"I have not," Gavita admitted. "This is my first time to the blessed lands."
"Come now, only the stuffiest of stuffy old priests call it that," the priest said. "Allow me to introduce myself. I am Lunado of House Martoki." At the same time, the priest lightly touched the robe's green collar, a greeting custom indicating that Lunado used pronouns associated with that color.
"House Martoki," Gavita repeated. "I thought so. You are one of the priests here?"
"What gave it away?" Lunado smoothed gris robe, still smiling. "I do not try and hide it."
"I am Gavita of House Barohti," re said, touching the red lining of ris own robe.
"And you seek guidance?"
Gavita hesitated before finally responding, "I do not try and hide it, I suppose."
"Let me begin by guiding you to the dais," gre said, gesturing towards the center. "Many find that simply seeing the great sphere in a different context is helpful."
"I think my failures may be more than what a little glimpse of Martok can set right."
"Martok's light is not meant to set things right for you, merely to help you set them right for yourself."
"How does it do that?"
"It is different for every seeker. For some, it provides clarity. For others, perhaps a helpful metaphor. For our ancestors, it provided light and warmth during the long night, which is why we celebrate its light every cycle."
"I wish I could be here for one of the celebrations at Full Martok. I've heard they are incredible in the Land of Martoki."
"They truly are," gre confirmed. "Yet you chose to come during First Crescent. Do you not intend to stay here for a full cycle?"
"The decision I need guidance for cannot wait. My transport craft launches at the eclipse."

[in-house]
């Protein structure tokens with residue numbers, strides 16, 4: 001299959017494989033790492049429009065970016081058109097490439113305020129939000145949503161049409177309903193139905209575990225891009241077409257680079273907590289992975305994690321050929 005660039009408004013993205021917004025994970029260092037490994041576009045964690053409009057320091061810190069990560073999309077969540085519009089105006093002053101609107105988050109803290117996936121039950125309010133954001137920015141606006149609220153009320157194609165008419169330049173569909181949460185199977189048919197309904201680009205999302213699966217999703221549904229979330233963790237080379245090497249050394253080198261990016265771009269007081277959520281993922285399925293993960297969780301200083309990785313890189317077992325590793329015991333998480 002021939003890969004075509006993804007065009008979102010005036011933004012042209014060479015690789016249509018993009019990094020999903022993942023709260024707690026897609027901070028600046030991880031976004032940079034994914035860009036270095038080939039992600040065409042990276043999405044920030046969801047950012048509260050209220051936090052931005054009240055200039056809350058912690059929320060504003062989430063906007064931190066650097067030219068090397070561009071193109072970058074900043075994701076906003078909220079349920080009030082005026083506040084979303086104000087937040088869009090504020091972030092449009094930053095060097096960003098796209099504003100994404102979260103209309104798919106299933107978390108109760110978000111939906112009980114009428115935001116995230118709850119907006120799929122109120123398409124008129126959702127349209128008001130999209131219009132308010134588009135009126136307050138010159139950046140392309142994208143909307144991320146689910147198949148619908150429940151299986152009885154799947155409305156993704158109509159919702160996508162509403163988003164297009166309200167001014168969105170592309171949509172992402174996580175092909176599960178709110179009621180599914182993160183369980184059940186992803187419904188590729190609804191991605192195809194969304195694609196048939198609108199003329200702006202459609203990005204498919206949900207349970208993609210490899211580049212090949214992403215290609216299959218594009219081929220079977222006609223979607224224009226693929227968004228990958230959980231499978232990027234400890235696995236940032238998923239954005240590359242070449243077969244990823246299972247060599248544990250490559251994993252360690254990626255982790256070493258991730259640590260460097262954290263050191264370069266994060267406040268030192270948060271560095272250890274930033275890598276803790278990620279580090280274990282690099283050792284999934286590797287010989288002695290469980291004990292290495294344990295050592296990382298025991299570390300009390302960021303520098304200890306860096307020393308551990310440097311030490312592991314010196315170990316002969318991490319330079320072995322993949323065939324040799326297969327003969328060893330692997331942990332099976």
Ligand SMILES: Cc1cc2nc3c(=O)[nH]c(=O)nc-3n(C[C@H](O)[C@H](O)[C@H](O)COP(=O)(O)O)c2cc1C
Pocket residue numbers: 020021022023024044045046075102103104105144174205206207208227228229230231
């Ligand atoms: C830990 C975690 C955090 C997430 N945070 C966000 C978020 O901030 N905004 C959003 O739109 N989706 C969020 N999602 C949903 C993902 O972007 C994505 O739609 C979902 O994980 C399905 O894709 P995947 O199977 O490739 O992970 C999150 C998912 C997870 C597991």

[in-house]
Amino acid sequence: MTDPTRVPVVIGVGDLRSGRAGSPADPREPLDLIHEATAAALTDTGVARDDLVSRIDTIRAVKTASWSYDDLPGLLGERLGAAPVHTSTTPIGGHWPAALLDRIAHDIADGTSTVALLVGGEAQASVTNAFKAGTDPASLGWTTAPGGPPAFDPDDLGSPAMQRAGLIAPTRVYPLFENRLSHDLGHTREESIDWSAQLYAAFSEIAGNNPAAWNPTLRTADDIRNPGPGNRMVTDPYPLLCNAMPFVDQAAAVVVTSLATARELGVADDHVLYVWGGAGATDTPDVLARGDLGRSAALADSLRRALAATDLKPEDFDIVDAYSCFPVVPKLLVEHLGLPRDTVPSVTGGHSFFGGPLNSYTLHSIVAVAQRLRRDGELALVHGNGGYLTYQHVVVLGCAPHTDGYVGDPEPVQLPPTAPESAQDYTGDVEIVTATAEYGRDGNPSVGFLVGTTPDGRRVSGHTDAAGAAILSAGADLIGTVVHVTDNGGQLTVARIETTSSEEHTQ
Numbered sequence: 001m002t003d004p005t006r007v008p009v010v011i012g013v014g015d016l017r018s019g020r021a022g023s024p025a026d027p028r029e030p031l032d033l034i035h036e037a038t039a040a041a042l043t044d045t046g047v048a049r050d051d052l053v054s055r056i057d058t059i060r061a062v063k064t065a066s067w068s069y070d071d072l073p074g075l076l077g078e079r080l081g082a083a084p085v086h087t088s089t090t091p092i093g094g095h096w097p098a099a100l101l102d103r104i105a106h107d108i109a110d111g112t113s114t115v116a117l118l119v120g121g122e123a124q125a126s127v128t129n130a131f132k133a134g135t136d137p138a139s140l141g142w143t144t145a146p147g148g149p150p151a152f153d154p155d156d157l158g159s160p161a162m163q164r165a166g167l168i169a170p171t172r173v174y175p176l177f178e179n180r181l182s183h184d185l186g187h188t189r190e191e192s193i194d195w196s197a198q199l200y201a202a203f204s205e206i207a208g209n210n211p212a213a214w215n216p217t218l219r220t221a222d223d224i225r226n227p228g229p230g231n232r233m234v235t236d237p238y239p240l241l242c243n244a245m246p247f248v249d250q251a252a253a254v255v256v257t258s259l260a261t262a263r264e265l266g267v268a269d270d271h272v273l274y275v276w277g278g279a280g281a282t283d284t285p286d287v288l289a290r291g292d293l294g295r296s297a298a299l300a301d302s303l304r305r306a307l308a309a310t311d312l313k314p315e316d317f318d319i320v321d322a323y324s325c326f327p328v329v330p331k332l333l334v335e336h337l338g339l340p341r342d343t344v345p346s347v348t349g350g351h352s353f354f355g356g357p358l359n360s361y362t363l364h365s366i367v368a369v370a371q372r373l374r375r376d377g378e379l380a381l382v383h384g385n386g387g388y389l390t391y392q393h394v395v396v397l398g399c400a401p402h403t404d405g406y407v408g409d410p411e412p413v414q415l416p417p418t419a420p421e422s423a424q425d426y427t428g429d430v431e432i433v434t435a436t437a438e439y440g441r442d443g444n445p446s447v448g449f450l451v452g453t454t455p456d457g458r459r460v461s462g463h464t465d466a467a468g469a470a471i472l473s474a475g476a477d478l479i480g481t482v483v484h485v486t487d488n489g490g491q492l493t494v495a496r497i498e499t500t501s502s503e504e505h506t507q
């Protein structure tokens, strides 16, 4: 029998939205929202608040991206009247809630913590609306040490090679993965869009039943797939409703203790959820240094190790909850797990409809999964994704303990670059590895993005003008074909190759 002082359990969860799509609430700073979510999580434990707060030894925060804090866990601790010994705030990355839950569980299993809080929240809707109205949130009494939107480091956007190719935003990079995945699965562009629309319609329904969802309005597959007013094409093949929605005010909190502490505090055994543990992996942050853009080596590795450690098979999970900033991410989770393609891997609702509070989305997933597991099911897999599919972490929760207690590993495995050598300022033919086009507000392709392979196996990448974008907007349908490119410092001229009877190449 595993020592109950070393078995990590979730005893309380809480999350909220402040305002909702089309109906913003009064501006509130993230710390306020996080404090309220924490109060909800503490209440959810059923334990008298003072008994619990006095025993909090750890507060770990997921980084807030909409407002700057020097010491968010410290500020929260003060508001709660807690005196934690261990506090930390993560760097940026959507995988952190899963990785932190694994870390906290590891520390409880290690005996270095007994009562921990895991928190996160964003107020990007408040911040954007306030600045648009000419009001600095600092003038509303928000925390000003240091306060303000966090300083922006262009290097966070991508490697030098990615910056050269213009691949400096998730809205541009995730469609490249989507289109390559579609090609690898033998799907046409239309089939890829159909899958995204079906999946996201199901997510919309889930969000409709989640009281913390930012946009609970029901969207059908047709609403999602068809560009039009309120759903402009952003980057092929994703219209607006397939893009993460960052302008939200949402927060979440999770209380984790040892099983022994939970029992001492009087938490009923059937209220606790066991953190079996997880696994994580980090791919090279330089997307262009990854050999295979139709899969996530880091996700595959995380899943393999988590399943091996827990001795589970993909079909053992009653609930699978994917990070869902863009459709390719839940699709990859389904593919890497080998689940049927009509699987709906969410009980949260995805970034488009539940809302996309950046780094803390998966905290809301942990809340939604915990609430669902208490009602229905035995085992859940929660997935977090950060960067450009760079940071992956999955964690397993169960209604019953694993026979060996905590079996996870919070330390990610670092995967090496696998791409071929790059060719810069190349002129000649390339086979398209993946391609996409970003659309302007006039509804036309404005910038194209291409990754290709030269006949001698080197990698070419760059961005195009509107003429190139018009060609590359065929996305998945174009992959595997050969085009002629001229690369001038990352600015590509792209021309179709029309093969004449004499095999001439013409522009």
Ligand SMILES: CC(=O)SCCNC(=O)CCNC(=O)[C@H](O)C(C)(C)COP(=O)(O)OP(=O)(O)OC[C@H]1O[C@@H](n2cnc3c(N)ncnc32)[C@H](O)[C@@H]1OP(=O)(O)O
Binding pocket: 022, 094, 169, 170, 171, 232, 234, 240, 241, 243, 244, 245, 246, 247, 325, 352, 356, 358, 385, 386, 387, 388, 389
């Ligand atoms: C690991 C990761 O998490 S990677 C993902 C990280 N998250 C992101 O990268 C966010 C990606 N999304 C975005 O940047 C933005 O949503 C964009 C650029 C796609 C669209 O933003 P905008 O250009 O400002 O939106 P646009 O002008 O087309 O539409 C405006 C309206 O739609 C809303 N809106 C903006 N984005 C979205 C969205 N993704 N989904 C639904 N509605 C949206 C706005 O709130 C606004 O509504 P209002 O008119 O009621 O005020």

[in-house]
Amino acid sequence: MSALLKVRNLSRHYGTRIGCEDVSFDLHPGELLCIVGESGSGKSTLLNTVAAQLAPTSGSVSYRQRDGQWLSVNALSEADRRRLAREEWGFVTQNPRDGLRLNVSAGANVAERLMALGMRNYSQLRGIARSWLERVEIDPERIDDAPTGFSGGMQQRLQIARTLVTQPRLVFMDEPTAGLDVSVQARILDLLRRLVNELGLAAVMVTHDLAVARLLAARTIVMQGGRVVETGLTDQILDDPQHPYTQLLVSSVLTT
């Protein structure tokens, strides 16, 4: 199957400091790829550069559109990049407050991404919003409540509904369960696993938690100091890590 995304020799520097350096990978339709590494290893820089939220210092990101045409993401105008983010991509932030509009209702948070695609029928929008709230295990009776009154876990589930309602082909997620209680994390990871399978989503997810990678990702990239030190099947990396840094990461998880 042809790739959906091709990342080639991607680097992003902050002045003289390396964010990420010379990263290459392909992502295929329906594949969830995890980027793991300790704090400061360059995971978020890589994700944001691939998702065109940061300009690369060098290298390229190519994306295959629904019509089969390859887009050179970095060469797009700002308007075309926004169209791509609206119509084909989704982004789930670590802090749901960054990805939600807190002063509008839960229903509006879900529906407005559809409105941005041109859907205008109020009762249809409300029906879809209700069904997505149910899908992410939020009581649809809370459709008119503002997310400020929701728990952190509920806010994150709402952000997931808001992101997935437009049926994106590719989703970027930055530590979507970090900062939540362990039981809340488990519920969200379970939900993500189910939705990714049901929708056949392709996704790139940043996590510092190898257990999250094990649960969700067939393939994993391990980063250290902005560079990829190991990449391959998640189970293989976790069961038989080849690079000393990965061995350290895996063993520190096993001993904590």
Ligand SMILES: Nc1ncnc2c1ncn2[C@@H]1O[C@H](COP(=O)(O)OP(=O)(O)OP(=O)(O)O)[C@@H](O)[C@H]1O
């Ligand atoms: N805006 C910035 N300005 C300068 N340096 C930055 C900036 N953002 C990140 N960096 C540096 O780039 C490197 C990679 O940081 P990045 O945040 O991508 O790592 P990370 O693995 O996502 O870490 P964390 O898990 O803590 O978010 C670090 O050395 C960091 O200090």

"That scarcely leaves you enough time to get back to your land, much less make a calm decision."
"Then a rushed decision will have to do," Gavita said. Re nearly tripped over the ankle-high wall that surrounded the dais, marking a higher echelon of permission. Re looked to Lunado for permission, and gre nodded gently.
They stepped over the threshold together, suddenly bathed in the blue light of Martok's crescent. Re looked up and gaped. Martok was perfectly framed in the opening of the cylindrical tower, higher than any hollow tower Gavita had ever seen. The inner wall of the tower was blue to reflect the light of the planet, except for a pair of white stripes that descended on both sides of the tower, echoing the white cloud latitudes that streaked across Martok. The emblem of House Martoki shared those same stripes, purposefully connecting the House to the planet which it was so famed for worshipping.
Re wasn't certain how long re had stood there, just looking, when Lundao pulled rim from ris reverie. "This transport that is leaving soon, you have a decision to make before you board it?"
"The decision is whether to board it or not," re said.
"And what awaits you at this transport's destination? Something you fear?"
"No, not exactly," re said. "It's more like, something I am not certain I deserve."
"And why don't you deserve it?"
"The transport is taking me to my new argosy assignment."